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Report No. 42

4.11. Subordinate legislation not to be excluded from scope of rule.-

It is unavoidable in modern regulatory legislation that a great many details of the law have to be left to be prescribed by means of rules and orders. Enforcement of such statutory rules and orders is the very basis for the enforcement of the parent Act. To introduce the concept of "invincible ignorance" as a legitimate defence in relation to the former but not in relation to the latter might well result in rendering the latter largely ineffective.

As a learned writer puts it, "such statutes are not meant to punish the vicious Will but to put pressure on the thoughtless and inefficient to do their whole duty in the interest of public health safety or morals1." We do not, therefore, share the view that a possible area for allowing ignorance of law as a defence may include "misdemeanours punishable only by small fine, various ordinances and technical regulations of administrative boards", and in these cases "actual knowledge of the law should be required2." We think that the present rule of ignorance of such regulations affording no justification for contravening them has to remain.

1. Roscoe Pound, The Spirit of the Common Law, p. 52.

2. Jeromel Hall, General Principles of Criminal Law, (1960), p. 404.

4.12. Argument of stigma attaching to conviction considered.-

It has been urged that even a conviction for a contravention of a statutory rule or order carries a stigma, and it is unfair that such stigma should attach to a person when he knew nothing about it and when he could not, with due diligence, have known sufficiently about it. We think this is somewhat exaggerated. The stigma arising out of a conviction for an offence like not fencing a machine in the prescribed manner, or not constructing a bath room in accordance with the municipal bye-law, or failing to file a tax return by the prescribed date, is negligible.

4.13. Majority or Judges against modifying present rule.-

We should mention here that a majority of the judges of High Courts and of the members of the higher judiciary who gave an opinion on the question were against recognising mistake of law as a defence or even as a mitigating circumstance to be expressly provided in the Penal Code.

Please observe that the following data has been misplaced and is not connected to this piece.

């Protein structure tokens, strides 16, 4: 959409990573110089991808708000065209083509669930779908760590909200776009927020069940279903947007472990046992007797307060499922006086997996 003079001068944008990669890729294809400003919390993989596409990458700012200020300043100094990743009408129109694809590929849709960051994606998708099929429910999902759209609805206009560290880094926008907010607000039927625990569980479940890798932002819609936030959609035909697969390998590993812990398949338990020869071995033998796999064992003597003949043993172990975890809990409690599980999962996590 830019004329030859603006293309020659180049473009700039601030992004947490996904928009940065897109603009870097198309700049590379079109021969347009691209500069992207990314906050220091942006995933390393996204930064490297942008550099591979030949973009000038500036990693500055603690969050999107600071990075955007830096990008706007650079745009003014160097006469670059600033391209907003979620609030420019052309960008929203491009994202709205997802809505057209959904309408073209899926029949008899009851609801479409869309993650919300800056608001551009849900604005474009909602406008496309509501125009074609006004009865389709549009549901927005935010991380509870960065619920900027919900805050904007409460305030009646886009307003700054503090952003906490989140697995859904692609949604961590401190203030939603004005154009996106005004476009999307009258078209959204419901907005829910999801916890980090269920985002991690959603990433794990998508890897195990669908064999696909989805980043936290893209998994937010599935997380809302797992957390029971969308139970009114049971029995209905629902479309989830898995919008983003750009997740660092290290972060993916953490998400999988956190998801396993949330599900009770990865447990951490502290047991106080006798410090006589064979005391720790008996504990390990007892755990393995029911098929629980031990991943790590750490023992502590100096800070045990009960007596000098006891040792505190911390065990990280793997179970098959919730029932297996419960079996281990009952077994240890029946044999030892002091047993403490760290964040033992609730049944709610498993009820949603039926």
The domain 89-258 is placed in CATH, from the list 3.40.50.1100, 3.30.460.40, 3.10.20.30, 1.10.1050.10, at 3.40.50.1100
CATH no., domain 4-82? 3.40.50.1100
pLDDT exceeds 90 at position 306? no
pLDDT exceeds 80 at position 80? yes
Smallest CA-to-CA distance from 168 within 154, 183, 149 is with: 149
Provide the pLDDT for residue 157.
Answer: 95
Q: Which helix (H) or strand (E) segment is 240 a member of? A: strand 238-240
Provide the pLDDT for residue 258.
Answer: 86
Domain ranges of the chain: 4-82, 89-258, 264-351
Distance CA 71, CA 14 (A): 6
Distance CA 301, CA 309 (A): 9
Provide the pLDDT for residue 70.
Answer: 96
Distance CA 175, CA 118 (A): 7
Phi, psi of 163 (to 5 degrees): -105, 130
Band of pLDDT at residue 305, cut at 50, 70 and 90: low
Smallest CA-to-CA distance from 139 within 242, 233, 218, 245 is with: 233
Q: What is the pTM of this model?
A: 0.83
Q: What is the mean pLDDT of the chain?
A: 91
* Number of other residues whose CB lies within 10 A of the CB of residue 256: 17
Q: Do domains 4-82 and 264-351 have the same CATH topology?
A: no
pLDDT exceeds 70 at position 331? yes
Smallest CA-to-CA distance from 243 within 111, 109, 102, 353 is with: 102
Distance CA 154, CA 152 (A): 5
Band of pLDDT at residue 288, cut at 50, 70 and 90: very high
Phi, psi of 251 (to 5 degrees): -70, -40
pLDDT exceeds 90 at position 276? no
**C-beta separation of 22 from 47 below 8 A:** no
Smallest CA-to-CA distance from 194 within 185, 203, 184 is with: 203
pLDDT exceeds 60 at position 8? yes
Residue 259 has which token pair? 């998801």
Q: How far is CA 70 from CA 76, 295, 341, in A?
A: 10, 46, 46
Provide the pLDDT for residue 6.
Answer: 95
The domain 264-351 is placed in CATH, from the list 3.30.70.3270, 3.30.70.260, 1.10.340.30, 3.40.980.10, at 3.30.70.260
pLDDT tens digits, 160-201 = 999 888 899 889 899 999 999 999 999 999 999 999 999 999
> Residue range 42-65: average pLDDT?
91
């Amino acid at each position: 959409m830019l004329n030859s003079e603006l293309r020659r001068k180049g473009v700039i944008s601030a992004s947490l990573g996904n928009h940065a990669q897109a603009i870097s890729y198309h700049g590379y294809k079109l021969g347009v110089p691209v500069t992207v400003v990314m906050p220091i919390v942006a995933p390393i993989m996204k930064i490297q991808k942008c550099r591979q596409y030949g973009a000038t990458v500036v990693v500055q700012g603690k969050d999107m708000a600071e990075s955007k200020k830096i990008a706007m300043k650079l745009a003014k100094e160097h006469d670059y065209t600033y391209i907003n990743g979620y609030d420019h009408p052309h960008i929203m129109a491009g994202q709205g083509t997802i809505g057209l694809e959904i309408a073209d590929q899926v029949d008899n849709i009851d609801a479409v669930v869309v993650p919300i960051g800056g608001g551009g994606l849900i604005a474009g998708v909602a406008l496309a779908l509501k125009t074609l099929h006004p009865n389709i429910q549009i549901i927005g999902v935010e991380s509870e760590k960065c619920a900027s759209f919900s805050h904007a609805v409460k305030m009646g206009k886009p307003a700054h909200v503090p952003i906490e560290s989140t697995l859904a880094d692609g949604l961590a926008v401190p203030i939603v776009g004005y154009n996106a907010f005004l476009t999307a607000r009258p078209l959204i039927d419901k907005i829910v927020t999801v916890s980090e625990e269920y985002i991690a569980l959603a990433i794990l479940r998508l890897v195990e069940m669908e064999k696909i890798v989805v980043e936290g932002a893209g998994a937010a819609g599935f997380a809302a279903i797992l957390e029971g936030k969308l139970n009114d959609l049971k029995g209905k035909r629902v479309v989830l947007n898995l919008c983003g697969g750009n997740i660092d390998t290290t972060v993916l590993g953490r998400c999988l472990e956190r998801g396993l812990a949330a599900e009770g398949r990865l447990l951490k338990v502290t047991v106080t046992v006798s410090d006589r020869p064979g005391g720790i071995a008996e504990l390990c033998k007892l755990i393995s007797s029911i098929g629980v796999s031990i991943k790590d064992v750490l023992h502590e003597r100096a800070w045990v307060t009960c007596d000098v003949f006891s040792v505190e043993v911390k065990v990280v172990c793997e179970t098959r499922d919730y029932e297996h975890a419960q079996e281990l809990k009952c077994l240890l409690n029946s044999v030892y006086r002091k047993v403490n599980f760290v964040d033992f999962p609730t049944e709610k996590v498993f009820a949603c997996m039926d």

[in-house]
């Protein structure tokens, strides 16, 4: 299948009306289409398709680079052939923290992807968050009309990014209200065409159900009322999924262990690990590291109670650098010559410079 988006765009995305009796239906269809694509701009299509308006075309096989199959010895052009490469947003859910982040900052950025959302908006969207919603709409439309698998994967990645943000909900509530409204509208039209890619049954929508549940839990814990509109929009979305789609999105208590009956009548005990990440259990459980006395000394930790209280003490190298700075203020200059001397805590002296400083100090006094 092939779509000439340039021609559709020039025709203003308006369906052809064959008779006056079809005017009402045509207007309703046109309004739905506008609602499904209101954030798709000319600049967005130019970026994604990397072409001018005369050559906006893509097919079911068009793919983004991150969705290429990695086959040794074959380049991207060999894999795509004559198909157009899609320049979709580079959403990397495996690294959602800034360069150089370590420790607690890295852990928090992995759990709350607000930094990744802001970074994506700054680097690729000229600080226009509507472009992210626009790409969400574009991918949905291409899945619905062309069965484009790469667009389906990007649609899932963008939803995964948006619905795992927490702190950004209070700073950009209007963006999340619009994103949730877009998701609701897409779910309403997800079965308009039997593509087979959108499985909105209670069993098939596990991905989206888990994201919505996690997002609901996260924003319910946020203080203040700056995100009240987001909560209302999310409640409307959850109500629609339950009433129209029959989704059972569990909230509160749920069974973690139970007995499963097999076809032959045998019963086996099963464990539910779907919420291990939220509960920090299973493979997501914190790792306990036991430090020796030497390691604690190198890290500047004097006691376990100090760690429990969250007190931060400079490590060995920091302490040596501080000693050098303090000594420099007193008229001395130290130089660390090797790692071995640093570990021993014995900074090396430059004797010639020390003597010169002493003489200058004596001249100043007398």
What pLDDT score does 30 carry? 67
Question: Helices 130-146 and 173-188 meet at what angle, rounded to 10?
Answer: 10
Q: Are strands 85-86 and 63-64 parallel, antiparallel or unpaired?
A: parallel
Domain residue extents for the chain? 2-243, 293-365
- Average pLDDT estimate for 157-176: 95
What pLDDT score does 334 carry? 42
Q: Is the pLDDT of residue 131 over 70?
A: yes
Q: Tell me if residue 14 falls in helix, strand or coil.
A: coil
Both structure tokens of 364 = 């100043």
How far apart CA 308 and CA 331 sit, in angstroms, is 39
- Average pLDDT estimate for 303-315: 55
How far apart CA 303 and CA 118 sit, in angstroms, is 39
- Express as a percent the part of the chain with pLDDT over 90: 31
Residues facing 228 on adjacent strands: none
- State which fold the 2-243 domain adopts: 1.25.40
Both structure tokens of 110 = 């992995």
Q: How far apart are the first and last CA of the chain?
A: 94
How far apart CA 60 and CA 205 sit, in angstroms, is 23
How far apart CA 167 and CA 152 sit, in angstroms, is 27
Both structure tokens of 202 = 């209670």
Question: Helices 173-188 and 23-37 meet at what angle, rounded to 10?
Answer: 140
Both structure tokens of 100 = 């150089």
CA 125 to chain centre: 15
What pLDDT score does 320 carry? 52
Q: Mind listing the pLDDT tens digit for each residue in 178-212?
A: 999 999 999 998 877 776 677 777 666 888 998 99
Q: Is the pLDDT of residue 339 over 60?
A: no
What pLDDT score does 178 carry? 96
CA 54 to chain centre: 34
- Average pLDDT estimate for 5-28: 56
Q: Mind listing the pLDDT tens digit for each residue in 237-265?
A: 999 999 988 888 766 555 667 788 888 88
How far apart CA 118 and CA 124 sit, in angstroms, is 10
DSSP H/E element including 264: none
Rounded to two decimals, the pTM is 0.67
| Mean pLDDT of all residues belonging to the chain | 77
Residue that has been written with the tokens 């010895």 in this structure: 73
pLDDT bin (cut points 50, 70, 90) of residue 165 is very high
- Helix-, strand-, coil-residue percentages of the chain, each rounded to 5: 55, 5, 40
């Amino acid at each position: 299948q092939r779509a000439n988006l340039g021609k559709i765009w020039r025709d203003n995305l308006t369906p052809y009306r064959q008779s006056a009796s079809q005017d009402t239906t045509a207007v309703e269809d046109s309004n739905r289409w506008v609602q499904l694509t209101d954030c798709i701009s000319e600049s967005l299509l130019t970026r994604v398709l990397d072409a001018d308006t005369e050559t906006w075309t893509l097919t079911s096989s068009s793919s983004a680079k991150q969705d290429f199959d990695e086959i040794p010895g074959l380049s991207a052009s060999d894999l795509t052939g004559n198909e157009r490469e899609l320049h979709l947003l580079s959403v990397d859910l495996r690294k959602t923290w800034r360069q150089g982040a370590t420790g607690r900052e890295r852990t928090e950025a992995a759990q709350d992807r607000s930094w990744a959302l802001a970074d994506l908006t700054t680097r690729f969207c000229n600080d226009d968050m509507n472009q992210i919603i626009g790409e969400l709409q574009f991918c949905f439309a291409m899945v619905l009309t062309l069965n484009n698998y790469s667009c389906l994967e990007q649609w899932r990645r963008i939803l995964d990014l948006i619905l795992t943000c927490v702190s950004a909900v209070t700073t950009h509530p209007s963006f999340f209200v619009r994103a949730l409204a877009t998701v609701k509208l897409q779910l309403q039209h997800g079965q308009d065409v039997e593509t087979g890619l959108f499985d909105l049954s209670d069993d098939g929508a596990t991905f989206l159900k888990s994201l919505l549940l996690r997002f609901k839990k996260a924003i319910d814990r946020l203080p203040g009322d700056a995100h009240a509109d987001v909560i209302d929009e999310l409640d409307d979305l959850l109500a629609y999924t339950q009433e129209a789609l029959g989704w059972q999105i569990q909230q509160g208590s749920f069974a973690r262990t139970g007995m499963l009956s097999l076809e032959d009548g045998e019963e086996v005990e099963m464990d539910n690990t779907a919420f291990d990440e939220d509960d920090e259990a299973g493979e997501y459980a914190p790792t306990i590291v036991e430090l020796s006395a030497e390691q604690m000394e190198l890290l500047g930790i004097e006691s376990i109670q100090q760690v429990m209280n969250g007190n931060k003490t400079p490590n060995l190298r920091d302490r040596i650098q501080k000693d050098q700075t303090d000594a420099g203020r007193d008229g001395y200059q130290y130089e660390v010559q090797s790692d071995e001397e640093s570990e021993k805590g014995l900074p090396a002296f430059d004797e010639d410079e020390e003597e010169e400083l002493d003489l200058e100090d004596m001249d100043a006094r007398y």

4.14. Foreign precedents may not be suitable.-

We find that the penal codes of some countries provide for recognising ignorance of law as a proper defence. We feel, however, that the attitude of the courts towards such provisions in the code is of more importance than the provisions themselves. The magnitude of the population, the number of prosecutions involving such issues, the literacy of the citizens and other similar factors, which vary from country to country, will also have to be taken into account. What may have worked well elsewhere may not necessarily be suitable for India.

4.15. Modification of present rule not recommended.-

One of us considered that to prevent hardship in extreme cases, there should be an express power given to the Court to award a punishment different in nature from the punishment prescribed in the law, or lower in degree than the minimum punishment. We think however that, even under the existing provisions, where the Court is satisfied about the genuineness of the plea of ignorance, it takes that fact into account while passing sentence. We do not therefore recommend any change in the existing position.

4.16. Section 77.- Section 77, which protects a Judge while acting judicially, needs no change.

4.17. Section 78.-